In the wake of Vince McMahon’s departure from the company, Triple H has been named WWE’s Chief Content Officer, and he will receive a salary increase along with three other high-level executives.
Paul “Triple H” Levesque, a WWE official and professional wrestler, has formally taken the title of chief content officer, and he has also received an increase in income, along with three other high-ranking company employees.
In addition, the company announced that it has elevated Frank Riddick, the company’s chief financial officer and current president, to the post of president, effective September 2. He will continue in his role as CFO. On Friday, WWE disclosed the information by filing it to the SEC.
The changes are a result of Vince McMahon’s resignation from his position as chairman and CEO of WWE on July 22. His departure came in the midst of an inquiry into claims of misbehavior that was being conducted by the board of administrators.
In the wake of Vince McMahon’s departure, the company promoted Stephanie McMahon, Mr. McMahon’s daughter and the company’s previous chief model officer, to the position of co-CEO alongside Nick Khan (beforehand president and chief income officer). The company had already made the announcement that Levesque, who had been serving as EVP of expertise relations, would be taking over administration of the creative staff. (Ms. McMahon and Levesque have been married for quite some time.) In the past, Mr. McMahon has served as the leader of the creative team that is responsible for coming up with new plots and characters for WWE’s programming.
According to the submission, the remuneration and human capital committee of WWE’s board “determined on August 31, 2022, that it is reasonable to grant certain upgrades to [their] salary” because of changes in the responsibilities of Levesque, Ms. McMahon, Khan, and Riddick.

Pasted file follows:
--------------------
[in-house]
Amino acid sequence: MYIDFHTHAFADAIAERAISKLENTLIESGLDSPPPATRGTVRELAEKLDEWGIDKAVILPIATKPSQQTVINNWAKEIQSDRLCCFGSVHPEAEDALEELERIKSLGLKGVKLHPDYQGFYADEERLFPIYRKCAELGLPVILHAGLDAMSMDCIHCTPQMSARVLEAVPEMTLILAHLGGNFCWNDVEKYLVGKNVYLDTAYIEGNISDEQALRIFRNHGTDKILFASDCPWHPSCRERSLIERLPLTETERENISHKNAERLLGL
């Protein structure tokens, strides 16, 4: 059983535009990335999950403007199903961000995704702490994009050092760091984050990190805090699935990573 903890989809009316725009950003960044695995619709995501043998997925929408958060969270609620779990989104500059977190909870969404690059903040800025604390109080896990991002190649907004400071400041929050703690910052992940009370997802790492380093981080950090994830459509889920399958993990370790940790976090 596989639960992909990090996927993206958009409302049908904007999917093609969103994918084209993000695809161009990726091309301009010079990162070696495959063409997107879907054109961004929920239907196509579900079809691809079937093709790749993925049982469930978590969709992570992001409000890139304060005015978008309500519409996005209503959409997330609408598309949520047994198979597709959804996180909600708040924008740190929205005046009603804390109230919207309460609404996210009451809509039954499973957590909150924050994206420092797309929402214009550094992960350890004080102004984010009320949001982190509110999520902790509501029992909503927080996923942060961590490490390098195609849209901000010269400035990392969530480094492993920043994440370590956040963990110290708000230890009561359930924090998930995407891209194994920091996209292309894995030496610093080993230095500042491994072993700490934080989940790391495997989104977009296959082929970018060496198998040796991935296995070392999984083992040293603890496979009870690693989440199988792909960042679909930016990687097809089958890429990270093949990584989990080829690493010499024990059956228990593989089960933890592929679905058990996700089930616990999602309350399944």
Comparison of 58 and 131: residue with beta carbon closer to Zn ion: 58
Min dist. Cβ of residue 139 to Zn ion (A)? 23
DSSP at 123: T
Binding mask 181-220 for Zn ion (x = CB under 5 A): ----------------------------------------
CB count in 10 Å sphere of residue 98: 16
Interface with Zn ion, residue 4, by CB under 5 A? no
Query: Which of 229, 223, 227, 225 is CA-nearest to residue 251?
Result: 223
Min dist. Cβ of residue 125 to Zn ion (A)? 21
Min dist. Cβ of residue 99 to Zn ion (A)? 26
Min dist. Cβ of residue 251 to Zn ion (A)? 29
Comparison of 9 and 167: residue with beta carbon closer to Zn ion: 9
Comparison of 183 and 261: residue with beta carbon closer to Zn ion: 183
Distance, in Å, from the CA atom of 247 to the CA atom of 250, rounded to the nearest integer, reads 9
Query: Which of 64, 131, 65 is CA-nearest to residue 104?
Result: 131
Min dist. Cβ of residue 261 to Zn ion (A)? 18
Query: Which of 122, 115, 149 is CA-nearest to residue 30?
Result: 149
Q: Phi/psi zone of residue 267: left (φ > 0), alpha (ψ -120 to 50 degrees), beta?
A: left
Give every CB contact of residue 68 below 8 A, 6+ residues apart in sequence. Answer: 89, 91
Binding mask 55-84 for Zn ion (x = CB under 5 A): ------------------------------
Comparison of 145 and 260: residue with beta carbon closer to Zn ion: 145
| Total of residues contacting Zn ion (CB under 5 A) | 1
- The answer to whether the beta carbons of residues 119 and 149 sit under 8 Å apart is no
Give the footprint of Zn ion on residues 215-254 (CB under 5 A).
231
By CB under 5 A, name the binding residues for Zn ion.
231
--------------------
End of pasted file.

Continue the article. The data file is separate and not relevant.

Ms. McMahon’s yearly basic compensation increased from $730,000 to $1.35 million, and she will continue to receive funds in addition to the $750,000 guaranteed minimum under the terms of her reserving agreement. Levesque’s annual basic salary increased from $730,000 to $900,000, and he will also continue to receive monies including a $1.0 million guaranteed minimum under the terms of his booking agreement. Both Khan and Riddick saw increases in their annual salaries, with Khan’s going from $1.2 million to $1.35 million and Riddick’s going from $850,000 to $950,000.
WWE revealed new performance-based annual bonus targets for the executives, expressed as a share of base income: for Ms. McMahon and Khan, it is 160%; for Riddick, it is 125%; and for Levesque, it is 100%. Levesque is the only executive who will receive the whole base wage. They even have the opportunity to receive annual inventory grants beginning in 2023 with the following goal values: $3.57 million for Ms. McMahon and Khan; $2.4 million for Riddick; and $1.6 million for Levesque.
In addition, Ms. McMahon will be awarded a one-time special stock grant of $10 million, and Mr. Levesque will be awarded $8 million in a one-time stock grant around October 3, 2022. The stock grant will be subject to a three-year vesting period, which is dependent on the achievement of particular performance metrics. According to the document that was submitted on Friday, WWE additionally included new severance-payment terms in the contracts of the four executives in the event that there was a change in command of the company.
Mr. McMahon maintains his position as an investor in WWE and retains his controlling interest in the company. On August 16, WWE announced that the board’s investigation into his alleged misbehavior was “considerably full,” and the company restated earnings going back as far as 2019 to account for private money that Mr. McMahon made during his time with the company. This includes Mr. McMahon’s alleged payment of 14.6 million dollars to women to ensure that they would not speak about his extramarital affairs or other inappropriate behavior.
In the most recent month, WWE revealed that it had subsequently recognized $5 million in additional funds that Mr. McMahon made in 2007 and 2009, which were unrelated to the misconduct allegations and which the company mentioned ought to have been reported on its financial statements. WWE made this revelation in the most recent month. According to a revelation in the Wall Street Journal, the five million dollars in contributions made between 2007 and 2009 were made to the now-defunct Donald J. Trump Basis as charitable contributions. Trump made appearances in WWE television shows in 2007 and 2009, respectively.